He said the Navy ultimately wanted the best return on investment on the ships it bought, which could include finding new mission sets. For example, the service is implementing this idea for the LCS program, which may not offer the high-end capability the Navy would want in a peer-to-peer battle but could be useful in U.S. Southern Command or elsewhere.

Geurts noted that holding a ship for too long not only costs money to operate and maintain the ship, it also ties up labor, training centers, and more.

“The embedded cost of keeping a product for too long can be debilitating,” he said, without specifically saying what he was hoping for with the cruisers.

Overall, he reiterated, “My first priority is to maximize the return on every tax dollar the taxpayer gives me,” he said, adding, “I want to make sure I can say with confidence and credibility that we maximize the.” Dollars that have been given to us – and then it is a decision, is that enough for the dollars that you will receive in this issue? Or do we have to change the balance for the struggle you see in the future? I want to tidy up my garden again before I talk about someone else’s garden and that is what we really focus on. “

‘There might be extra money’: Austria adjusts price range to mirror lockdowns

The Austrian Finance Minister Gernot Bluemel will hold a press conference in Vienna on February 12, 2021. REUTERS / Lisi Niesner

The Austrian government is adjusting its forecast for tax revenue and public spending for 2021, resulting in a larger budget deficit as lockdowns put a brake on economic growth and force the government to expand support to the hardest hit economic sectors.

The planned payments amount to 97.4 billion euros, an increase of 5.5 billion euros (6.59 billion US dollars) from the previous estimate, the Treasury said on Sunday.

In the meantime, tax revenues are likely to be 2.6 billion euros below expectations of 72.5 billion euros, increasing the forecast budget deficit by 8.1 billion euros to 30.7 billion euros.

Overall, the state’s debt ratio will rise 1.7 percentage points to 89.6% of gross domestic product, the state said.

“We are adjusting the budget to secure more resources for health and economic aid,” said Finance Minister Gernot Bluemel, adding that the move follows budget revisions in neighboring Germany and Switzerland.

The action comes after the Austrian Wifo Institute, which provides forecasts for the government, announced in March that in a “lockdown scenario” the country’s GDP would only grow by 1.5% this year, which is below a estimated 2.3% growth if the lockdowns were lifted soon.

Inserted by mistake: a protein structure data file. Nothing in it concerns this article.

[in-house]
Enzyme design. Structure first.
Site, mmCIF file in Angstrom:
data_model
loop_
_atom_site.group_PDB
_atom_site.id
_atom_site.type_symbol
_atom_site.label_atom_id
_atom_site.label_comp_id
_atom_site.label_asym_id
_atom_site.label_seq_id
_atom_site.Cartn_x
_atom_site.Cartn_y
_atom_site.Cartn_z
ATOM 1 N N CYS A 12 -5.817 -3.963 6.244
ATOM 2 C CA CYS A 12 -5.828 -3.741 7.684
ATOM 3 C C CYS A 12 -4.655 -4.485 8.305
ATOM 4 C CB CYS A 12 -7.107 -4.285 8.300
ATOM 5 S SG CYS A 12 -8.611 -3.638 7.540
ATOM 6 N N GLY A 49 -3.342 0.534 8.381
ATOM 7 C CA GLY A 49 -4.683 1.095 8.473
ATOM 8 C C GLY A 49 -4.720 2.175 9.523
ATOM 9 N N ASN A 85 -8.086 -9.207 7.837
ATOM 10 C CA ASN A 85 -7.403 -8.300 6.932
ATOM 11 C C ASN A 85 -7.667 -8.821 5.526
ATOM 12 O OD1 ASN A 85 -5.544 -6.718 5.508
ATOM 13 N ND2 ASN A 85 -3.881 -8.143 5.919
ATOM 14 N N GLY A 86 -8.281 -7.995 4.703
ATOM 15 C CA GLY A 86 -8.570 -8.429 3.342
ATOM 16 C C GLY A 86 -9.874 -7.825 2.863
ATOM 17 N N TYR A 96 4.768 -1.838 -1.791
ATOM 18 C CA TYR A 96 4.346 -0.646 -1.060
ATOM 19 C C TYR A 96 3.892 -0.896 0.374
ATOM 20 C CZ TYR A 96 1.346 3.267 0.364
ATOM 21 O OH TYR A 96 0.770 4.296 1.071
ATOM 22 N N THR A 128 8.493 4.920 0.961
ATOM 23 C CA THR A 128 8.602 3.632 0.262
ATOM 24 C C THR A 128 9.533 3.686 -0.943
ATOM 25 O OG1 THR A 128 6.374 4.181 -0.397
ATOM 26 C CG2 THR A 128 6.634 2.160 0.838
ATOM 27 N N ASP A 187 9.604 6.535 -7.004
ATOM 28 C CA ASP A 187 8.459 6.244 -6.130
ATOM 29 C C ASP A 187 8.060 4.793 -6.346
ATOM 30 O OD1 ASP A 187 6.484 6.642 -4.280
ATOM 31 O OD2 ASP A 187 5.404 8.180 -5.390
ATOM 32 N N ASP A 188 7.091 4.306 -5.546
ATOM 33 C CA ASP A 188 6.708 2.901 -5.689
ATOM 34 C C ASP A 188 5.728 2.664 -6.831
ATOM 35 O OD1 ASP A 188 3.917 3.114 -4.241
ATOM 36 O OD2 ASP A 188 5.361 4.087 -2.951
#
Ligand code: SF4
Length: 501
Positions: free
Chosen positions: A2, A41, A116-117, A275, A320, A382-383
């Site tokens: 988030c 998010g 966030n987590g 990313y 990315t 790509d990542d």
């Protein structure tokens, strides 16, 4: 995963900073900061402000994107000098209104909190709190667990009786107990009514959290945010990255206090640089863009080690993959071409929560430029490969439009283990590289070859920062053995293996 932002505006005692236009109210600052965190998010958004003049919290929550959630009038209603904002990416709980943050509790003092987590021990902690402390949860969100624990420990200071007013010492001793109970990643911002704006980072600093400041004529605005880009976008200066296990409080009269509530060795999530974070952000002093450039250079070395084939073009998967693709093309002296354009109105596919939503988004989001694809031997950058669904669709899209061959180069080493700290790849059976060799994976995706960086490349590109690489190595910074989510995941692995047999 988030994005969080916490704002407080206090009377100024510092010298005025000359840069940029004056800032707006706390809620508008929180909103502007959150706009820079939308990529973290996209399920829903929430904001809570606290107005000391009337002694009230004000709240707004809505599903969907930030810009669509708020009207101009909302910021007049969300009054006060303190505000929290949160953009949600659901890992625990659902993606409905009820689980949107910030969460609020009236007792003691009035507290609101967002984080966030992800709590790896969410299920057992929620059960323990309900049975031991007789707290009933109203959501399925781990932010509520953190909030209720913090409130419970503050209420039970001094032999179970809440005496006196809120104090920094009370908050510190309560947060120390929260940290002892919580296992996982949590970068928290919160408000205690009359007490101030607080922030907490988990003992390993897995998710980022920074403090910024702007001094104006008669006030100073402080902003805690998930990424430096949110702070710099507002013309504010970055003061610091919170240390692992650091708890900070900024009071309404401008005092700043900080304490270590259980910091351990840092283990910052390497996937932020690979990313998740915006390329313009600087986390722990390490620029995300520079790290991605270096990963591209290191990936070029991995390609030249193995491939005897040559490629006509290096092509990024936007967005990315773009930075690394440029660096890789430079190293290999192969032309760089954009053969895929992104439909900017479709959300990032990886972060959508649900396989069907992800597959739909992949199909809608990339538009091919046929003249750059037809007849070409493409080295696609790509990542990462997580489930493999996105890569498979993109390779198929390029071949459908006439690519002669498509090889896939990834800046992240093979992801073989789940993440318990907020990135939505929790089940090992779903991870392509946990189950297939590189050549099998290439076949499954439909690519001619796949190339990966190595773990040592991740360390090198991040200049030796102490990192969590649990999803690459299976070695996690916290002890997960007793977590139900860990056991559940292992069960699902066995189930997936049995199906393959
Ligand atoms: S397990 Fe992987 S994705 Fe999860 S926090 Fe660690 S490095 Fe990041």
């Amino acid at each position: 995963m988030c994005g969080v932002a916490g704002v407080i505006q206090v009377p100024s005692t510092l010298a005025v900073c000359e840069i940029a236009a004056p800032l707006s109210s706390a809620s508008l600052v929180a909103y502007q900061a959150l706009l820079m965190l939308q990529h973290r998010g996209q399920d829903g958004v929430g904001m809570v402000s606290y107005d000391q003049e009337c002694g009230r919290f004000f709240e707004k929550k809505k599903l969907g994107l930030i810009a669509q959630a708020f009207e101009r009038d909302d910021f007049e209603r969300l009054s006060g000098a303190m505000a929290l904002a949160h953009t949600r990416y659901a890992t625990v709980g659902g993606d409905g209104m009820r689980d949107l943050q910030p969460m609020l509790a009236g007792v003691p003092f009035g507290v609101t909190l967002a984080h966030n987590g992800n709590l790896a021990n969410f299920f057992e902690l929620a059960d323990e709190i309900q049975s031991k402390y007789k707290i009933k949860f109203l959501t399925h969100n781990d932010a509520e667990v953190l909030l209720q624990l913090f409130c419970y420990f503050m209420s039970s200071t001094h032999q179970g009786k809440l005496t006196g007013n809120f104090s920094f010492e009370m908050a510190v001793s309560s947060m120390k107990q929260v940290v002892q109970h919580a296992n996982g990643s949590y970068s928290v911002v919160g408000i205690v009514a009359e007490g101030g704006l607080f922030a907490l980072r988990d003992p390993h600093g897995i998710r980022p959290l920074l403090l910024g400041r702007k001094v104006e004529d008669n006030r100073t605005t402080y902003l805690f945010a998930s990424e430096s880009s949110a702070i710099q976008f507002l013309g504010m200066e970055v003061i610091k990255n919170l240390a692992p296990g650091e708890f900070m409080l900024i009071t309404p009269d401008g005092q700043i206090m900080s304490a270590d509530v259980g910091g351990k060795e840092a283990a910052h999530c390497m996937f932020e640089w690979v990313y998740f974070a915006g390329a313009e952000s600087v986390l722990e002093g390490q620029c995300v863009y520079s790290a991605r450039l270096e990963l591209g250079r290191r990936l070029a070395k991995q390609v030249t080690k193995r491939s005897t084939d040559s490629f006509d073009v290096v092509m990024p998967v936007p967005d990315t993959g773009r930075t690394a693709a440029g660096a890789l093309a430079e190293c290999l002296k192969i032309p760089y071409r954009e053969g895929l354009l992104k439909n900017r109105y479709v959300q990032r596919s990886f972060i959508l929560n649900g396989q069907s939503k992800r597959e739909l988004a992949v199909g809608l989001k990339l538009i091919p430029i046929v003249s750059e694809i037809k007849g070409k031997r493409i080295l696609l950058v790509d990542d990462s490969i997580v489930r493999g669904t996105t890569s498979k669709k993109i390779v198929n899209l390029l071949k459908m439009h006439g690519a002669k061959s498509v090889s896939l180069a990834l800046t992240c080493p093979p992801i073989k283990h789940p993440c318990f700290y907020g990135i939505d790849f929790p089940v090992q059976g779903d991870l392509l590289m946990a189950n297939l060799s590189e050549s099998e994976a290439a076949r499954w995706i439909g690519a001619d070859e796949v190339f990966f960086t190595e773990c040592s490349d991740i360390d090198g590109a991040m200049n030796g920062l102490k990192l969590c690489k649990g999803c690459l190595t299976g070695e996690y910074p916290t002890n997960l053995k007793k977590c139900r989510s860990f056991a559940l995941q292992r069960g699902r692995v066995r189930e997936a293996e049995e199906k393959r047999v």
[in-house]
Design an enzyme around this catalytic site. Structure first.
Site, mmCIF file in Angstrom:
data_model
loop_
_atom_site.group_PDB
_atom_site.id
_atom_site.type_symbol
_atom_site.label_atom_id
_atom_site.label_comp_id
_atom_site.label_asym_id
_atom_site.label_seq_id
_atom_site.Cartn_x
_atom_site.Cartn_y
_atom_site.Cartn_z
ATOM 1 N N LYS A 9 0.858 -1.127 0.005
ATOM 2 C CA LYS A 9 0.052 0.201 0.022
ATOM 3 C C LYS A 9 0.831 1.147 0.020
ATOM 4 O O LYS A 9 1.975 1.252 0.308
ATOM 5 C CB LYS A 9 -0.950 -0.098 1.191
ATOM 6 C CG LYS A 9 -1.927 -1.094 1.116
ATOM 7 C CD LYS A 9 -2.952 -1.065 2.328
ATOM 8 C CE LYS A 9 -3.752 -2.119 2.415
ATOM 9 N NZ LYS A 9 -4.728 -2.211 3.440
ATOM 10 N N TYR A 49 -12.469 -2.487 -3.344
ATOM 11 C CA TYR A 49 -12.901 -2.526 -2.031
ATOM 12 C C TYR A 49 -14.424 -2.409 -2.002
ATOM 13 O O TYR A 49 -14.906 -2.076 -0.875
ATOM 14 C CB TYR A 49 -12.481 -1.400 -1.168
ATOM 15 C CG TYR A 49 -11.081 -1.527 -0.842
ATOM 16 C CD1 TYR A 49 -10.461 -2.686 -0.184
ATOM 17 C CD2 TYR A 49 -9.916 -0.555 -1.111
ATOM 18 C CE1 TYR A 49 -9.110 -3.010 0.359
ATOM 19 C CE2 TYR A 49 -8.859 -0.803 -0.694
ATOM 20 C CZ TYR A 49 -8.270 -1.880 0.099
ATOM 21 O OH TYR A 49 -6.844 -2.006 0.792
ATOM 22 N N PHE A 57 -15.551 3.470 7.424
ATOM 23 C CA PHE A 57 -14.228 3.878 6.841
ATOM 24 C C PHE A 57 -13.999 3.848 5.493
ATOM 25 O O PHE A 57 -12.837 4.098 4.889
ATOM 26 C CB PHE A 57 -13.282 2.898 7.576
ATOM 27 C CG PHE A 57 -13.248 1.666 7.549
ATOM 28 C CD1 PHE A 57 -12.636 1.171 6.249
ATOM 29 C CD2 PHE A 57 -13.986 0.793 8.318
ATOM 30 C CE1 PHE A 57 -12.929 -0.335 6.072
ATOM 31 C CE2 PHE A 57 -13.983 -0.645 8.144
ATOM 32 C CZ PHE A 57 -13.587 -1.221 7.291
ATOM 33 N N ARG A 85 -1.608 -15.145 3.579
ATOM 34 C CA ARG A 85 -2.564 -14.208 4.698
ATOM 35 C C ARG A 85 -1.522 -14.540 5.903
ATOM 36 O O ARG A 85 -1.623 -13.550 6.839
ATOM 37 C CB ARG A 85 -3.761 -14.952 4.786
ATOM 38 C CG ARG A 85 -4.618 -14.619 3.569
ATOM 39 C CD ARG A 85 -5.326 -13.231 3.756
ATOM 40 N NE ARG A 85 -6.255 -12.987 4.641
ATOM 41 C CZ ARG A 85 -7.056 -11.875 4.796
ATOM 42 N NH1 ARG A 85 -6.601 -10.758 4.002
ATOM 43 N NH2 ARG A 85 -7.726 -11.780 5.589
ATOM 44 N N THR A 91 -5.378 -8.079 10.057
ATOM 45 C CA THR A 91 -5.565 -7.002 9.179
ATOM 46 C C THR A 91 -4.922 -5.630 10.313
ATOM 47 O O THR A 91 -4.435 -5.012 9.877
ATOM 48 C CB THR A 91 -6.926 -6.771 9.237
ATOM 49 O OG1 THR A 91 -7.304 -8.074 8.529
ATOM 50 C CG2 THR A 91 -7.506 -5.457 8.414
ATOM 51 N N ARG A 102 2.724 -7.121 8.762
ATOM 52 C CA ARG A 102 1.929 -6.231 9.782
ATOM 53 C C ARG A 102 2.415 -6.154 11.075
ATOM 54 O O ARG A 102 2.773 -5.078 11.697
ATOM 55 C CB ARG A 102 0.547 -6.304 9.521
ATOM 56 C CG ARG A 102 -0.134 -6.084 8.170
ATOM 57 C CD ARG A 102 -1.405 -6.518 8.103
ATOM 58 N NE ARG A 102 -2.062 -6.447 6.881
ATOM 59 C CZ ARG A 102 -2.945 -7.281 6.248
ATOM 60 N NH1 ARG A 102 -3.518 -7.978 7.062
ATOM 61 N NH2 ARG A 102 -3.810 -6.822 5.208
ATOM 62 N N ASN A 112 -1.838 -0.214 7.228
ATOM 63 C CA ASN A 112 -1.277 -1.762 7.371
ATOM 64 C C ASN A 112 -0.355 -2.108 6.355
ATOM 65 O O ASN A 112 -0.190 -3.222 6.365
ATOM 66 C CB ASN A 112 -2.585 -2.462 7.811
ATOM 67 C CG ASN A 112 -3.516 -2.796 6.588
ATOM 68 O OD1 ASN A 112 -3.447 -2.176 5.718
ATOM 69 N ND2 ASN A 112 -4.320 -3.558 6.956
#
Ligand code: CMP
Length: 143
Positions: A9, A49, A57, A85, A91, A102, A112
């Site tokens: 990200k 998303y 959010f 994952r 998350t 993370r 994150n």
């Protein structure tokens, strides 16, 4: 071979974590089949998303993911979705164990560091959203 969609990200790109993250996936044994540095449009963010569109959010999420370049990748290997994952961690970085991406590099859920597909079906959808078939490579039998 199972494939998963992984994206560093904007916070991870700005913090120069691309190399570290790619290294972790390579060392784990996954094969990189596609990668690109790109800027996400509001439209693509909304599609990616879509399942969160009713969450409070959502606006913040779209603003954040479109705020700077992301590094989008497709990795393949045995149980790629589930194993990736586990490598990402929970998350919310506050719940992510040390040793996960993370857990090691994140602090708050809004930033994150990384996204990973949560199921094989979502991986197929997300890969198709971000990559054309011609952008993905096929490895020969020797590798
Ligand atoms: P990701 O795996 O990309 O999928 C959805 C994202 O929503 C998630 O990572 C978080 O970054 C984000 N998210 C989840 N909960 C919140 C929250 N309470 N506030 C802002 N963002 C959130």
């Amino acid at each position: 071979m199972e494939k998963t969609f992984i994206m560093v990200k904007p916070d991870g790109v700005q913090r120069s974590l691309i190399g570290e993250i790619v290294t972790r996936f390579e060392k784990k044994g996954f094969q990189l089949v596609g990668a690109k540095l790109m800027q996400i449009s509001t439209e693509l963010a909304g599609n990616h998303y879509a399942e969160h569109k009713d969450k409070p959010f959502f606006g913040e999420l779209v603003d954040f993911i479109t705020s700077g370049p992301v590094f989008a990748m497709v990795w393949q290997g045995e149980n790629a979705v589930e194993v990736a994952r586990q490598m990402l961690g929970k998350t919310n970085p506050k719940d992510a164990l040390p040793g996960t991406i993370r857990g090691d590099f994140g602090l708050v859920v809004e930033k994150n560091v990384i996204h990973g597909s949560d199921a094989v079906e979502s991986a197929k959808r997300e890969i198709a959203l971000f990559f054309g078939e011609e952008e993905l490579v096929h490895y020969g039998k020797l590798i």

Austria is currently planning a major easing in mid-May, but the government said these budget changes were necessary given the ongoing crisis.

“I’ve always said if more money is needed there will be more money,” said Bluemel.

($ 1 = 0.8345 euros)

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A number of Alexandria Metropolis Council members mentioned cash ought to be in upcoming finances to repair drainage

ALEXANDRIA, La. (KALB) – On Tuesday, Alexandria City Council concluded its second of two special committee meetings to discuss the proposed operating and capital budget for fiscal year 2021-2022.

During the first meeting on March 30thThe council focused on allocating more money to the Alexandria Police Department. They discussed taking funds from other areas and using them to hire more civil servants and allow them to raise their salaries

At the second meeting of the special committee, councilors said again that the money in the budget should be used in other areas. Funds were allocated in the submitted budget for repairs to the town hall, but councilors Cynthia Perry and Catherine Davidson said the funds must be used to support flood problems in the city.

“We know where these areas are, if a little rain falls, houses will flood. We need to fix these problems. We have to act and do something instead of just talking about it. “

Both said flooding was a major problem in District 2 and District 3, particularly in the Martin Park and Deerfield parishes. Homes in these areas have been supplied with water and there have been problems with backwater flooding during last year’s hurricanes. Councilor Perry said she saw nothing in the budget to fix the drainage problems and that is what she is working towards.

“I told my constituents that this would be my main problem and I will fight for it,” said Perry. “Nobody has walked through the water like me. To see these people’s homes for what they were, I just want some money on this budget. “

The city council talked about doing a city-wide study of ways to repair drainage as long as it didn’t take months for those results to become available again.

A public hearing will take place at the next Council meeting on April 20th before the vote on the adoption of the budget for the coming financial year.